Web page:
Share the memories with me (that was a command, not a request):

  1. To warm up my belly for a long day of eating cupcakes, I was sure to stop and get a delicious biscuit first, from The Coffee House, a place with a lackluster name but amazing sweets. How far would you travel for a delicious biscuit? Consider a road trip to Newport.
  2. Arriving at the show, I felt so welcome.
  3. OMG! My artwork was on the poster!
  4. Double OMG: I think this is the first time I've ever seen my likeness on a poster. Cake celebrity!
  5. Triple OMG: Look who else is on the poster!Photo credit: Bakerella
  6. This is a big one: I finally got to meet Bakerella.
  7. Bakerella! 
  8. Finally! After all of our sweet back and forth.
  9. And I got to meet her friend "Cupcake Julie", too, who is an absolute delight and inspiration!
  10. I got to hang out with my friend (and CakeSpy sponsor) Carrie of Bella Cupcake Couture fame. This time, she was one of the judges at CupcakeCamp.
  11. I also got to meet Dianna Lopez, who is a professional cake decorator and taught a decorating class in which they used my artwork as inspiration. Cool!
  12. This time, I got to teach a class, showing children (and kids at heart) how to watercolor cupcakes. Of course, there was some confusion about this--I taught them how to do watercolors OF cupcakes, not watercolor ON cupcakes.
  13. I may or may not have felt slight pangs of jealousy when I saw the kids' creations, like this one
  14. And this one
  15. and this one
  16. and this one
  17. and this one
  18. and this one
  19. and this one
  20. and this one
  21. ...and this one too.
  22. And the adults had some nice showings too--here's Julie's (above).
  23. ...and Bakerella's (above).
  24. You'd think that after judging cupcakes at Seattle's CupcakeCamp, I'd be tired of tasting cupcakes 30 at a time. But you're wrong.
  25. There were so many delightful displays of cupcakes, but one of the standouts was definitely by Rocket Queen, whose cupcakes I have enjoyed in the past.
  26. Judging was hard, but someone had to do it, and so I tasted peanut butter filled and frosted cupcakes...
  27. ...and huckleberry cupcakes...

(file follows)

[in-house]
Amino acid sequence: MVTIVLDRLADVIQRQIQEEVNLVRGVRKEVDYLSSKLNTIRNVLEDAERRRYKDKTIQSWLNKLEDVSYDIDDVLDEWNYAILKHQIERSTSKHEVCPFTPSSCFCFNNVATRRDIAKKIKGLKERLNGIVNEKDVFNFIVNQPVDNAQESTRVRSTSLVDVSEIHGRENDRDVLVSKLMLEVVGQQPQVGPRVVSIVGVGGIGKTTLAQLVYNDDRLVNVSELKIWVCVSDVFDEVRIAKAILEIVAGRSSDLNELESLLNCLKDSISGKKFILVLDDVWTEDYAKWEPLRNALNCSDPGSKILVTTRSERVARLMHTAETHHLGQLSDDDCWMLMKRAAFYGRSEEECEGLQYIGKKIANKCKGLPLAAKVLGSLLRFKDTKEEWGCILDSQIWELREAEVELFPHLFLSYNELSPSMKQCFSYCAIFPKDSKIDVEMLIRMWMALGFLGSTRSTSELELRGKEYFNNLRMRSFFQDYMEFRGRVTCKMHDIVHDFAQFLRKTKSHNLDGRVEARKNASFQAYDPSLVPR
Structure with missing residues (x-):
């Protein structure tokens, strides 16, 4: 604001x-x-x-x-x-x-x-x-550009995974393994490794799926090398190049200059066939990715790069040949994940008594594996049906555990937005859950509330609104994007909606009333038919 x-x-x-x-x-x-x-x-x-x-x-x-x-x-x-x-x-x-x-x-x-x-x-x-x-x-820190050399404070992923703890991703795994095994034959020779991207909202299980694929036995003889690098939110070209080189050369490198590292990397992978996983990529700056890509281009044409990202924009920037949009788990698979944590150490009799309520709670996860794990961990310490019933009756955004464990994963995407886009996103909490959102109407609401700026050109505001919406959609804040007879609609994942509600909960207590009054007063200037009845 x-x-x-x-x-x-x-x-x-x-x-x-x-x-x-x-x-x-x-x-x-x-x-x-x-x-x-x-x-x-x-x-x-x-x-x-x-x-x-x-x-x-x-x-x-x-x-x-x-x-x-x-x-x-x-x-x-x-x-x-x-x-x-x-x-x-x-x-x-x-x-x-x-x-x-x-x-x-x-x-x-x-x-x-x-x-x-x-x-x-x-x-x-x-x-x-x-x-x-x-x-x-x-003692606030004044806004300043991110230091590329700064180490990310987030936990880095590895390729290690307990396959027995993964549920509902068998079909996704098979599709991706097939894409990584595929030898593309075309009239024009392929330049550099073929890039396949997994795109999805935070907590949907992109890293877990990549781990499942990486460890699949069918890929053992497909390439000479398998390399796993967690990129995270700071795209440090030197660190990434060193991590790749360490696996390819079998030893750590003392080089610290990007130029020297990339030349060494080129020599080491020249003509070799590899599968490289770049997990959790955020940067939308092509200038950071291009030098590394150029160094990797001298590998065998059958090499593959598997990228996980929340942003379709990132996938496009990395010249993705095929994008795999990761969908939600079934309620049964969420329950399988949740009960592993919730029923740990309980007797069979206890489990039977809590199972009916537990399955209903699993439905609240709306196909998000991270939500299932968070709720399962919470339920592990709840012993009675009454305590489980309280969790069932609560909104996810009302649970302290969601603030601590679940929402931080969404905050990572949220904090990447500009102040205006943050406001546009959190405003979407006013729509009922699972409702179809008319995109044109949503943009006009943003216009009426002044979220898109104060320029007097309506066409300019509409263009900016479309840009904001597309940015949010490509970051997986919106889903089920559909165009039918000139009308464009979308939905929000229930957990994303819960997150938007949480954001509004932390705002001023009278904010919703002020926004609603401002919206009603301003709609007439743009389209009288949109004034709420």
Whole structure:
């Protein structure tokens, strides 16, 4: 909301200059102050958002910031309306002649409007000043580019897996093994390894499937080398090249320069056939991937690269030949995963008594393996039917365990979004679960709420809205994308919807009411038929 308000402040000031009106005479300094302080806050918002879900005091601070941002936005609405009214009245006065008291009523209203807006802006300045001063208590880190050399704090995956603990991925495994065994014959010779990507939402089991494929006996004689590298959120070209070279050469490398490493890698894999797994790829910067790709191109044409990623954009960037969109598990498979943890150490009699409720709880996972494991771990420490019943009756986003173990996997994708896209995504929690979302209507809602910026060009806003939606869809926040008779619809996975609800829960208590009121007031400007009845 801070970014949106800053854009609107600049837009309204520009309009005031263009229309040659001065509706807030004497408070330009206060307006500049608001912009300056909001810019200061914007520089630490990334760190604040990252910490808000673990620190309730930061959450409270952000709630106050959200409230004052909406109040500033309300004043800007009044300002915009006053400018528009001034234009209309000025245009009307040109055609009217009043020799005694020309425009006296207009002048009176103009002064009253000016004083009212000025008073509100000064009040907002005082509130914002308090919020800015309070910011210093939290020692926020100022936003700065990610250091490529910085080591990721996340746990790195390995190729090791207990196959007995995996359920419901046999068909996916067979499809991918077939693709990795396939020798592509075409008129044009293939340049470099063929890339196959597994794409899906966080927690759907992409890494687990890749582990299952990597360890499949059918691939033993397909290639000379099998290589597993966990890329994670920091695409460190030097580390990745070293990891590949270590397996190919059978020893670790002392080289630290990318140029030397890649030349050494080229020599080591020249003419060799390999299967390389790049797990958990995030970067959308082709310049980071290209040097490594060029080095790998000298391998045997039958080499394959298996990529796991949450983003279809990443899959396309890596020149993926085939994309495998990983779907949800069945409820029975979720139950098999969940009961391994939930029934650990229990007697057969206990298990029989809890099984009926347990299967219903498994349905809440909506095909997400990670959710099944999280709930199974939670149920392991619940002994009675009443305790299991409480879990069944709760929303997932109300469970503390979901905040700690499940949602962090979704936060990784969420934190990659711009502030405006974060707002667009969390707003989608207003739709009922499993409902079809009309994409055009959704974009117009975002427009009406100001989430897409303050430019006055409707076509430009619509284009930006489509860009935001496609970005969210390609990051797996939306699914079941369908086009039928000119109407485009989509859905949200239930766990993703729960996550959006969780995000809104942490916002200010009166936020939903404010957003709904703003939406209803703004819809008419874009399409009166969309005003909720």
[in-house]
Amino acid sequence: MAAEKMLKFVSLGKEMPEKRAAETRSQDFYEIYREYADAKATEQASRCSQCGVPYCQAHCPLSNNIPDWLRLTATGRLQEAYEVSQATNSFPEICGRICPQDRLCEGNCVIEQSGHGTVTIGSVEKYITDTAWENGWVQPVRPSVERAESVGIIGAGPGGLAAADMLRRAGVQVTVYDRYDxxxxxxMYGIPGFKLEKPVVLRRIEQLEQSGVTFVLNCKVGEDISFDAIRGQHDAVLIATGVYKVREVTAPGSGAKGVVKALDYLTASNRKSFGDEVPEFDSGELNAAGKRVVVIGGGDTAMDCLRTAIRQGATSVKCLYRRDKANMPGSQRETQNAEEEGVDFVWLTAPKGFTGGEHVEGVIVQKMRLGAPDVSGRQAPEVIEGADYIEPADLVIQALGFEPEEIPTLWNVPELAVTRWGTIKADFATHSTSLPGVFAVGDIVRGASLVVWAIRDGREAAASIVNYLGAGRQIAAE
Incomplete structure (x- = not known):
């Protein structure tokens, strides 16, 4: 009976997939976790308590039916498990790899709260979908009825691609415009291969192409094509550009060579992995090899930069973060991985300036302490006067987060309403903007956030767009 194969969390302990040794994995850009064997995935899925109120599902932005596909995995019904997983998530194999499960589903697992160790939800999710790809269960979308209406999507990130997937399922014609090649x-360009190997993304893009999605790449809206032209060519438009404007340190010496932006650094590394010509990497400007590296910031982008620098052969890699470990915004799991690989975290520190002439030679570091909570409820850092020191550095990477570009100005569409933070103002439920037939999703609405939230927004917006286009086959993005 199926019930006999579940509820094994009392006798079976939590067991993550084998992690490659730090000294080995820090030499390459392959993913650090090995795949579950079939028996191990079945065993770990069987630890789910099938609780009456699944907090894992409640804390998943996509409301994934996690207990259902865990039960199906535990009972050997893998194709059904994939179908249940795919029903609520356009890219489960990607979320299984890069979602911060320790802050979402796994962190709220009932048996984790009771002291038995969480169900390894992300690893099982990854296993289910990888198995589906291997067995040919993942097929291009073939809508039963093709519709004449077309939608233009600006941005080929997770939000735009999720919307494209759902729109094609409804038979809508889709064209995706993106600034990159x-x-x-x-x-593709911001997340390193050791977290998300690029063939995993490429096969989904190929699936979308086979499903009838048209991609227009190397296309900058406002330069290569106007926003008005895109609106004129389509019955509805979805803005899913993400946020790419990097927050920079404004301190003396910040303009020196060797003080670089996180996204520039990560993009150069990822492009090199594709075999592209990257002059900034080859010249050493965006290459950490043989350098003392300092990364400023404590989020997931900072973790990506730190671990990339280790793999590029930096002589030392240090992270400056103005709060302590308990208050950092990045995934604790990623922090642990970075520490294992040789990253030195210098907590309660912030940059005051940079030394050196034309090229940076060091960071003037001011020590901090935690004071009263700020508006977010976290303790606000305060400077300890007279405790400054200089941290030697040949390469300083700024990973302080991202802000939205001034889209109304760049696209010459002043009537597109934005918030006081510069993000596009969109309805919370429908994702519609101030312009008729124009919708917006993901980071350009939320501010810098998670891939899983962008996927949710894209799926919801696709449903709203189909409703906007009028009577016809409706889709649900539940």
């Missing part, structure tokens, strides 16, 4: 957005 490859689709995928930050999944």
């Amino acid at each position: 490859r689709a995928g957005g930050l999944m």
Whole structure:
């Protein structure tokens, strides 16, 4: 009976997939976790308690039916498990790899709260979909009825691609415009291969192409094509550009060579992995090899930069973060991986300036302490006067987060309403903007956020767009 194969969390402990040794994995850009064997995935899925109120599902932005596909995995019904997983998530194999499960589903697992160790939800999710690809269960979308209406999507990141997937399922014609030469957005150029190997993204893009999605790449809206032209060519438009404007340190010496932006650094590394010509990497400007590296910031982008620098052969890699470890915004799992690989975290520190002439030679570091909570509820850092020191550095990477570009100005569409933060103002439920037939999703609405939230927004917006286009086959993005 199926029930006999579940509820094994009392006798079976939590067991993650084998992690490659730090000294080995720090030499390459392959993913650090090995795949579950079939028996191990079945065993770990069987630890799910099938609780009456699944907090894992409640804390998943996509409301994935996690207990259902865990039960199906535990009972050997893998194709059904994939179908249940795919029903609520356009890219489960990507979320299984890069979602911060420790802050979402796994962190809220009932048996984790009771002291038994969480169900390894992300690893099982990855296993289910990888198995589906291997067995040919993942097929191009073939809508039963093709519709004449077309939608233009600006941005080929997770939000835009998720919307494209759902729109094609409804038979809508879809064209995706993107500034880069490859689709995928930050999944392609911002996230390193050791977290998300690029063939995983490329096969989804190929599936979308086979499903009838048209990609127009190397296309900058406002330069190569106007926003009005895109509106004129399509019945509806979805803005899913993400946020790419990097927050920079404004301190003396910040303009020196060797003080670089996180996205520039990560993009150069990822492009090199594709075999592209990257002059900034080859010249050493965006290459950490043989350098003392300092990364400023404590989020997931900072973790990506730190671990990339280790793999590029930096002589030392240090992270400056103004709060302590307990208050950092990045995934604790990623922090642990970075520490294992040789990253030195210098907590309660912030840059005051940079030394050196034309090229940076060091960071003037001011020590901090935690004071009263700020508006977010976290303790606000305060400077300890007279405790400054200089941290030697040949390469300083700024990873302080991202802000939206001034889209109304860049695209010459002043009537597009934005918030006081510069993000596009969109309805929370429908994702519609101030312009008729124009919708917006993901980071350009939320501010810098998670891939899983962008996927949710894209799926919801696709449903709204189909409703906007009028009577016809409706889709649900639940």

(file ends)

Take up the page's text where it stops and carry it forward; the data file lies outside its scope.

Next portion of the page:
28. and decorated cupcakes...
  29. and cupcakes for Halloween...
  30. and rainbow cupcakes...
  31. rows and rows of cupcakes...
  32. and cupcakes decorated to look like ice cream sundaes (!)
  33. and cupcakes made by kids (maybe some of the same kids who took my class?)
  34. and vegan cupcakes...
  35. ...and even cupcakes with fish!
  36. ...and wouldn't you believe, I was even asked to AUTOGRAPH something. I felt like a bona fide big deal, people.
  37. After all this awesome, I kind of wanted to take a nap, but I didn't. I powered on over to Portland, where my totally sweet friend Nicole was having a bachelorette weekend. I arrived just in time for cheesecake from Laurelhurst Market (good timing!).
  38. And back at the hotel room, there were cupcakes from Cupcake Royale.
  39. In the morning, we went to Mother's, where I love the biscuits and cookies...
  40. ...before breakfast, we got a cinnamon roll.
  41. ...and after breakfast, we got some chocolate cake (secret ingredient: BEETS! Pictured at top of post)
  42. ...and then after that, while browsing about, I discovered the best bike in the world: Biscuit Bike!
  43. Then, I saw some of my artwork at Presents of Mind!
  44. Back home in Seattle, Bakerella and Julie came to visit my store!
  45. ...and while they were there, I was surprised by a visit from Cake Gumshoe Phuong (here all the way from Boston!)
  46. ...and a visit too from the amazing food writer Rebekah Denn and her adorable new baby daughter, who I have taken to calling "Miss Marshmallow".
  47. All of them (Bakerella, Julie, Phuong, and Rebekah) got to meet Porkchop.
  48. I was also an expert on Questionland that week. Cool!
  49. And later on that week, a visit and little Halloween shindig with the totally awesome Alicia Kachmar.Photo Credit: Bakerella
  50. And finally, a question and answer session and book signing at Williams-Sonoma with Bakerella before we sent her on the rest of her totally sweet tour.



Baker's Dozen: A Batch of Sweet Links

Hello, weekend! It's off to a sweet start, with links like these:

Like push-up pops, only awesomer: Cake Shooters!

Because stuff baked in stuff is awesome: cakes and pies, all at once!

OMG: Cake in a Jar? Yes, Patty. Cake in a Jar. (for Serious Eats!)

Cakesplosion! The God of Cake. (thanks Jason!)

In case you've never heard of it: marvel at the Pretzel Croissant from City Bakery.

Twix Cheesecake Pie. Forget "I love you", these are the three most beautiful words.

Pumpkin Challah? HOLLA!

Cupcakes Take The Cake is turning six! There's gonna be a party! Guess who did the artwork for the invite? Right here. (pictured top)

Fact: I recently enjoyed browsing this collection of dessert quotes.

OMG: Chocolate Glazed Doughnut Muffins, by Joy the Baker.

Double OMG: Hot Fudge Sundae Cupcakes, also by Joy the Baker. I love you, Joy the Baker.

Dudes, dudettes, have you shopped the totally sweet Jill Labieniec art available at CakeSpy Shop?

Sweet memories: remember when I did this interview with my mom? 


Guest Post: How To Make Homemade Sugar Decorations by Nellie Cakes

CakeSpy Note: This is a guest post from Nellie Cakes, a blog written by Nell, a mom who taught herself how to bake so her daughter could have way cooler cupcakes on her birthday than anyone else in school.